Nazi propaganda minister Joseph Goebbels was cheerful and without a care when he first met photographer Alfred Eisenstaedt. In a close-up image the Third Reich politician was caught off guard smiling at the League of Nations meeting in Geneva in September 1933.
Alfred Eisenstaedt (1898–1995), the man behind some of the most memorable pictures of the 20th century, was a professional photographer for almost 70 years. He started working in photography in Weimar Germany in the 1920s. Having fled Nazi Germany in the mid-’30s, he shot for LIFE magazine from its debut in 1936 until it ceased publishing as a weekly in 1972.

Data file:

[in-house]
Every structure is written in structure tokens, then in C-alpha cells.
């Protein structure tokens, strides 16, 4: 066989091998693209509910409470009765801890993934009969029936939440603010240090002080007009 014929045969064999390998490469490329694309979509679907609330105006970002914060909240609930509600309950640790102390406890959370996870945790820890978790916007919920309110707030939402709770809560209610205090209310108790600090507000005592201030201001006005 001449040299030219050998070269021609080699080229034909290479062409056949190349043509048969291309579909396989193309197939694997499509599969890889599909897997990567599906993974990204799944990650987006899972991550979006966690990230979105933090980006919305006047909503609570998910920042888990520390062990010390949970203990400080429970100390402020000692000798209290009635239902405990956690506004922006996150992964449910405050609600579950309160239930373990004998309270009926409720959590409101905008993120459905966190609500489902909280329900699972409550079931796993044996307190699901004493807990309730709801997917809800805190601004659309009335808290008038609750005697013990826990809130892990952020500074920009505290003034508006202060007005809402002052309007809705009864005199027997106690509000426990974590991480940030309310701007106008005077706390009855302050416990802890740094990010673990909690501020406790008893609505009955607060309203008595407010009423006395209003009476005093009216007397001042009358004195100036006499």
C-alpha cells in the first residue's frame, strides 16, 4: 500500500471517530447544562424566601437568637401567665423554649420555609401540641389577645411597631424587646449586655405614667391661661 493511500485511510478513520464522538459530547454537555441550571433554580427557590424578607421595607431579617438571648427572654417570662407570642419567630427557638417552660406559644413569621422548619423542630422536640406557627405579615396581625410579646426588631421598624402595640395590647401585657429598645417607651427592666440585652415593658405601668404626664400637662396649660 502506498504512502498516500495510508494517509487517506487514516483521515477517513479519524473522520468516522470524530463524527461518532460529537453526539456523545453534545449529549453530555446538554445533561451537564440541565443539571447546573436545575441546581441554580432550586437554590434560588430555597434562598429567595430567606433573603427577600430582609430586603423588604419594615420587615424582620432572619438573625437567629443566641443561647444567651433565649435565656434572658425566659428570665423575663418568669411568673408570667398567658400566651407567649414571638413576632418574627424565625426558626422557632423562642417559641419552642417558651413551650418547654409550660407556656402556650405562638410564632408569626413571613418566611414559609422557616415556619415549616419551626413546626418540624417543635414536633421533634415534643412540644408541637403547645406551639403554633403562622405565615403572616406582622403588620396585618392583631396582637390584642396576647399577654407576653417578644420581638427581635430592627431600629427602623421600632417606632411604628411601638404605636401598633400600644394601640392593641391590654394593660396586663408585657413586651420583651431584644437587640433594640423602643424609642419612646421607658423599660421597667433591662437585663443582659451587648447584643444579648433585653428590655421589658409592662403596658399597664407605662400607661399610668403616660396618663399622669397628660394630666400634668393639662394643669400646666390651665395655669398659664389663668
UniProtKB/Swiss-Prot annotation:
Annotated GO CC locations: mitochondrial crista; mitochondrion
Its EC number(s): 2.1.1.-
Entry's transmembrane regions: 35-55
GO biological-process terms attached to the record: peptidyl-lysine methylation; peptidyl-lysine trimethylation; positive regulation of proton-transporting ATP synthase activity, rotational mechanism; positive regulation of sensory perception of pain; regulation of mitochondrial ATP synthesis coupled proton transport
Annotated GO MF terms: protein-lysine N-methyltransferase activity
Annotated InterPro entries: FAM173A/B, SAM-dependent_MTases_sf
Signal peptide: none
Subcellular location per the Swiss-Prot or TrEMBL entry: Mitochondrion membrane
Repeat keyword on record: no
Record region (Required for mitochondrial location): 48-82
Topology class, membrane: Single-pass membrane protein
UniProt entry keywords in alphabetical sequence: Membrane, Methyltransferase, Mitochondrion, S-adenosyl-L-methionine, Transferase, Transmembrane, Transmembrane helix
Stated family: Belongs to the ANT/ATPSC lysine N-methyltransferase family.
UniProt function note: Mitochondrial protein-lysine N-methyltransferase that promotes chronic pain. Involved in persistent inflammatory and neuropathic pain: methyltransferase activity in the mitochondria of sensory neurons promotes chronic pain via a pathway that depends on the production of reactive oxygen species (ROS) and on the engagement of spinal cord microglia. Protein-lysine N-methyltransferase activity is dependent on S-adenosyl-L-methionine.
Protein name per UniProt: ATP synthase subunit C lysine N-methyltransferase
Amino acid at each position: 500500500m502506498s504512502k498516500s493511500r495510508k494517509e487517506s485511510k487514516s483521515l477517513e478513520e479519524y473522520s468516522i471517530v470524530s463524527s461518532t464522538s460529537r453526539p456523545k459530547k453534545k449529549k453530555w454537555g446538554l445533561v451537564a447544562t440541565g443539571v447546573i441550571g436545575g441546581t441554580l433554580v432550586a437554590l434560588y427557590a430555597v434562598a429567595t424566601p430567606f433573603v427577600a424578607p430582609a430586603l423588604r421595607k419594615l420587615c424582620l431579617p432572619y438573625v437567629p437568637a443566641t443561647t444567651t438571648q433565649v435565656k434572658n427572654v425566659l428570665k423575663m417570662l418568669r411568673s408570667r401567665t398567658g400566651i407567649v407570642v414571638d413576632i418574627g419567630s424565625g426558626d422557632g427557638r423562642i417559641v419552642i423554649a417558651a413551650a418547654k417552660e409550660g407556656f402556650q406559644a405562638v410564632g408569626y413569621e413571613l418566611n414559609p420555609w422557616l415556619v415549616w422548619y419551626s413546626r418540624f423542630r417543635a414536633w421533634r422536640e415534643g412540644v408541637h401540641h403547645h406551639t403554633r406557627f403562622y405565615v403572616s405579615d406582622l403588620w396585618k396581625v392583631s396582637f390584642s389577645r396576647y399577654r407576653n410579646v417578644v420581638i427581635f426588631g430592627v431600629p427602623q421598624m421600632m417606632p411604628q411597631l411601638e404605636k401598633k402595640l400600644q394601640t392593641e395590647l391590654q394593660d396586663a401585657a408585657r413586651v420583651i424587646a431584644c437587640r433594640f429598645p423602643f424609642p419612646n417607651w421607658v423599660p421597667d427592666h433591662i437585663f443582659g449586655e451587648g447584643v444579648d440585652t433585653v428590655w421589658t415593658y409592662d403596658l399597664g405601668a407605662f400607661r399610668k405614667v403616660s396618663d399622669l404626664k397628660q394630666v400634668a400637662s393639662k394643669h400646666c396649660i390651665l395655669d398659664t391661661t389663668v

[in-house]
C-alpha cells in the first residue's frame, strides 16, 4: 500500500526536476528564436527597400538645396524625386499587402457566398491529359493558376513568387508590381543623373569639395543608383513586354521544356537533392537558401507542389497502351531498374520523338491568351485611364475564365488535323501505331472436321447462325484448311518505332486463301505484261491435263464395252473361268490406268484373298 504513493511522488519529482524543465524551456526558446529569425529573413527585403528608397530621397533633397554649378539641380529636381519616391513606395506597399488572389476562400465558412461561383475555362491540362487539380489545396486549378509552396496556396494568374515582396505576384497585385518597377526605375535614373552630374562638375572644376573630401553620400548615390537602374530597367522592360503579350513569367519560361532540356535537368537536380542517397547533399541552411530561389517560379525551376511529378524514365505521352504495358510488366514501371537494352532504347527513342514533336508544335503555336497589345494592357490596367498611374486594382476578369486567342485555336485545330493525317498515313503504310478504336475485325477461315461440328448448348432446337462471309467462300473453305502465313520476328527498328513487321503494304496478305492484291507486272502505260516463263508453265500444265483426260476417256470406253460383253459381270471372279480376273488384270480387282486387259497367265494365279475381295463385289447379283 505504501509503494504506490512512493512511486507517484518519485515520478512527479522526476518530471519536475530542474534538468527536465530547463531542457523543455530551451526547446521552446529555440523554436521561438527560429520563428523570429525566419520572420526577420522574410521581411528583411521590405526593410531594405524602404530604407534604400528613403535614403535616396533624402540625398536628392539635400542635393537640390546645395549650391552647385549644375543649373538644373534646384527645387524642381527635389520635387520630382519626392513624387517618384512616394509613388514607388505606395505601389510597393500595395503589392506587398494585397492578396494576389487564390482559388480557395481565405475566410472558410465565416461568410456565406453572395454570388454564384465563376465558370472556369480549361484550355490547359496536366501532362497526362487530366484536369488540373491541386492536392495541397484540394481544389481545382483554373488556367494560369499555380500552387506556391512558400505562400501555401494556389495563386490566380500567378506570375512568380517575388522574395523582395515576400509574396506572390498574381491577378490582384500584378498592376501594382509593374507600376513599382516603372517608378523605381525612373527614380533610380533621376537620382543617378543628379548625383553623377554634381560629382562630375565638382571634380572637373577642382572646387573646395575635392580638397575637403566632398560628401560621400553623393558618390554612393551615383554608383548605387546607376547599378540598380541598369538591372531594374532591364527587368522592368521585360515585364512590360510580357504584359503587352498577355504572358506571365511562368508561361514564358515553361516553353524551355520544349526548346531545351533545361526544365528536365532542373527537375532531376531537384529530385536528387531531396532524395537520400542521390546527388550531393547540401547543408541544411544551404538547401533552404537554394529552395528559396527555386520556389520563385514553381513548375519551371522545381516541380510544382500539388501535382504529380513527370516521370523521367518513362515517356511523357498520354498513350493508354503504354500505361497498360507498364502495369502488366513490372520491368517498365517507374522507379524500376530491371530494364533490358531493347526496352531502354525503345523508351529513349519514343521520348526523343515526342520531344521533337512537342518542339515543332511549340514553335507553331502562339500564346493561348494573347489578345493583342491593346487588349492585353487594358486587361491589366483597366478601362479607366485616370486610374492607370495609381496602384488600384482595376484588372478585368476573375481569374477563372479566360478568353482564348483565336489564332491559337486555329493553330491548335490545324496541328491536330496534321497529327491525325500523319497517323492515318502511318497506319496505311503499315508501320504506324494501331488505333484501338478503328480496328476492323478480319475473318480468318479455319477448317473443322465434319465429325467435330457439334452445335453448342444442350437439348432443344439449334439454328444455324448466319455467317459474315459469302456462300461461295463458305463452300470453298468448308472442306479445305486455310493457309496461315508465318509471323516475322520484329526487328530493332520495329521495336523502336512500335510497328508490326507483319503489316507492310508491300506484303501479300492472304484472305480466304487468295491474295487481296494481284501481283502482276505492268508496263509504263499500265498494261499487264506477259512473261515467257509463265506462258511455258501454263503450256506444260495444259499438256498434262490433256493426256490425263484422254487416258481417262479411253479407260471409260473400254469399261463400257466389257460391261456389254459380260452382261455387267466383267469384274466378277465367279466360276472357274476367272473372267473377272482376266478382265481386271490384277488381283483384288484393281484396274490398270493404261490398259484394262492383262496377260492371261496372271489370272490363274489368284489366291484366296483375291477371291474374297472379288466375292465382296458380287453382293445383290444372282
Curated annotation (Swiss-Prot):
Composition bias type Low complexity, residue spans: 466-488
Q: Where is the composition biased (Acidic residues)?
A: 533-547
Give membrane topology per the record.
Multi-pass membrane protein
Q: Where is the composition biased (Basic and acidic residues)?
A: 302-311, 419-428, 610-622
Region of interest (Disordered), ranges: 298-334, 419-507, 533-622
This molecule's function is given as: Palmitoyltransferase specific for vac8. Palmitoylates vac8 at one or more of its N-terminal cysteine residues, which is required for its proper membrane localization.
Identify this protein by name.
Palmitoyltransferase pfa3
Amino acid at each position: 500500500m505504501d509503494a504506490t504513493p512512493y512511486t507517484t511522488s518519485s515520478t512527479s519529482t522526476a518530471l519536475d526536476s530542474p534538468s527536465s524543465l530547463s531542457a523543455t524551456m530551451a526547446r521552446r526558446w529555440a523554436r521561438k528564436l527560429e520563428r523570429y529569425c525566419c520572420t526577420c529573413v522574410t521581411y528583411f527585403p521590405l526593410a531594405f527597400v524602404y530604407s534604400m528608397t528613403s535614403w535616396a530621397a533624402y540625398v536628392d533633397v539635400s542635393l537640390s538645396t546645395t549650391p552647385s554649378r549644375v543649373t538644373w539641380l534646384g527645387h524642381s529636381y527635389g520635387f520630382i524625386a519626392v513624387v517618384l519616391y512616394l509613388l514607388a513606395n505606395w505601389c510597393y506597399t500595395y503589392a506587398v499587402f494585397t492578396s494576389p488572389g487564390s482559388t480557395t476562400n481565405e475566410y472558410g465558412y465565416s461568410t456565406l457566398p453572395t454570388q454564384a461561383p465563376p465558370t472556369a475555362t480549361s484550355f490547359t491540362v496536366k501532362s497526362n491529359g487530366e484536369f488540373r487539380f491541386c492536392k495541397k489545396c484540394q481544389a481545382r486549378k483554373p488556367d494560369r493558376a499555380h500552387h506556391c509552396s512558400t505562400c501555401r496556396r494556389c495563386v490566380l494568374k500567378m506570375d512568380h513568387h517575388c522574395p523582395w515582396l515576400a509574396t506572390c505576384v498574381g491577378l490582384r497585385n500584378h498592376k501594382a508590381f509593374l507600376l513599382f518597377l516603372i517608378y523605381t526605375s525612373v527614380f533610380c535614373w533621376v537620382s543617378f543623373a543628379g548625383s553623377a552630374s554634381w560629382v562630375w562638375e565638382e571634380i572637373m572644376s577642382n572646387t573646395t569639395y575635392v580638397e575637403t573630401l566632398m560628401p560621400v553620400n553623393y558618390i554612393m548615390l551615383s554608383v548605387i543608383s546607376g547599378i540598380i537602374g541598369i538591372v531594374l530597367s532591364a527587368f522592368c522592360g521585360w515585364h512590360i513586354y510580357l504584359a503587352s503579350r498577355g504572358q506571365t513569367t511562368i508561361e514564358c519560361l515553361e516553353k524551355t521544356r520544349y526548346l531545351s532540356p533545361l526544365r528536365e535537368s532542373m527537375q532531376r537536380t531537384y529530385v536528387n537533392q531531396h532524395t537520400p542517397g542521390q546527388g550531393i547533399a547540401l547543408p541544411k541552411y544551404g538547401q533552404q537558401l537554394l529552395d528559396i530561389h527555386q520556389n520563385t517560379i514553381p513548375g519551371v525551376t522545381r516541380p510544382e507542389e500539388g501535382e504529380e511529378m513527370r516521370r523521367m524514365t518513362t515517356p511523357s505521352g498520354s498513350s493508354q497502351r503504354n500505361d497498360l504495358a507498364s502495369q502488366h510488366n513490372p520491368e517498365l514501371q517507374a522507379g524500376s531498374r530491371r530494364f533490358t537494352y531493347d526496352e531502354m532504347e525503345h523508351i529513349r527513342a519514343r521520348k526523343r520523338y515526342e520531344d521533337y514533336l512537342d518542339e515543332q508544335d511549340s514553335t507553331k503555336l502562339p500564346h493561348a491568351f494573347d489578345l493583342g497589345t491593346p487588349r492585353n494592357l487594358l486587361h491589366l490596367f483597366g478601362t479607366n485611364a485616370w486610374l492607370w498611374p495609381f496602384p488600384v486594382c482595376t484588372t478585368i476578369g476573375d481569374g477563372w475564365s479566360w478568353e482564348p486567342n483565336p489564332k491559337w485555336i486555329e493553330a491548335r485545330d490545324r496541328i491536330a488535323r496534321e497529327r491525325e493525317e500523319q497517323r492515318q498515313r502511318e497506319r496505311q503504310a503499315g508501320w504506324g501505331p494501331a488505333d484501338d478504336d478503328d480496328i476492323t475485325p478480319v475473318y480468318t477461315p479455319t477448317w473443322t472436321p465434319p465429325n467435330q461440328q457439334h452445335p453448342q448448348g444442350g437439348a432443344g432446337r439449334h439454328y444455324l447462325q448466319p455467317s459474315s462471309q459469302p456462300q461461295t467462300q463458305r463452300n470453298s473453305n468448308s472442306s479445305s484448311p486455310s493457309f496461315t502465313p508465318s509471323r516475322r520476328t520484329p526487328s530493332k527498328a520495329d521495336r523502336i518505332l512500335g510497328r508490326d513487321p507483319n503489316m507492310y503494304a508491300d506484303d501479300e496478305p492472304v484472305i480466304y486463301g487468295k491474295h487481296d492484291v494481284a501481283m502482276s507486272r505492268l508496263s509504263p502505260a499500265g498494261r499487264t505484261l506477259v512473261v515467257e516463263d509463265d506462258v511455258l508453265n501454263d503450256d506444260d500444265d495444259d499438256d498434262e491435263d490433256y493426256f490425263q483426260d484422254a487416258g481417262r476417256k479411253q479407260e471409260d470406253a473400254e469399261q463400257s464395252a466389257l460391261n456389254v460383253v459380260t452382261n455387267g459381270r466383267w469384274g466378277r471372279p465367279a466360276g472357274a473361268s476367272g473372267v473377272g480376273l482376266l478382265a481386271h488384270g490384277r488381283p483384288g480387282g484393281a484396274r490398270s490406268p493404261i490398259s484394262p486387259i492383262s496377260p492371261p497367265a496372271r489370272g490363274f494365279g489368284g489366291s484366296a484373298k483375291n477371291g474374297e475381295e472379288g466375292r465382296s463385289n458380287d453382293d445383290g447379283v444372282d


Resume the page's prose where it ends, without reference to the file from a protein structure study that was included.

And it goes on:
After LIFE was shuttered, Eisenstaedt kept photographing until the mid-1990s.
When Goebbels found out LIFE magazine photographer Eisenstaedt was Jewish his expression was quite different.
Subsequently, when Eisenstaedt approached Goebbels for a candid portrait, the politician’s expression was very, very different. Instead of smiling, he scowled for…
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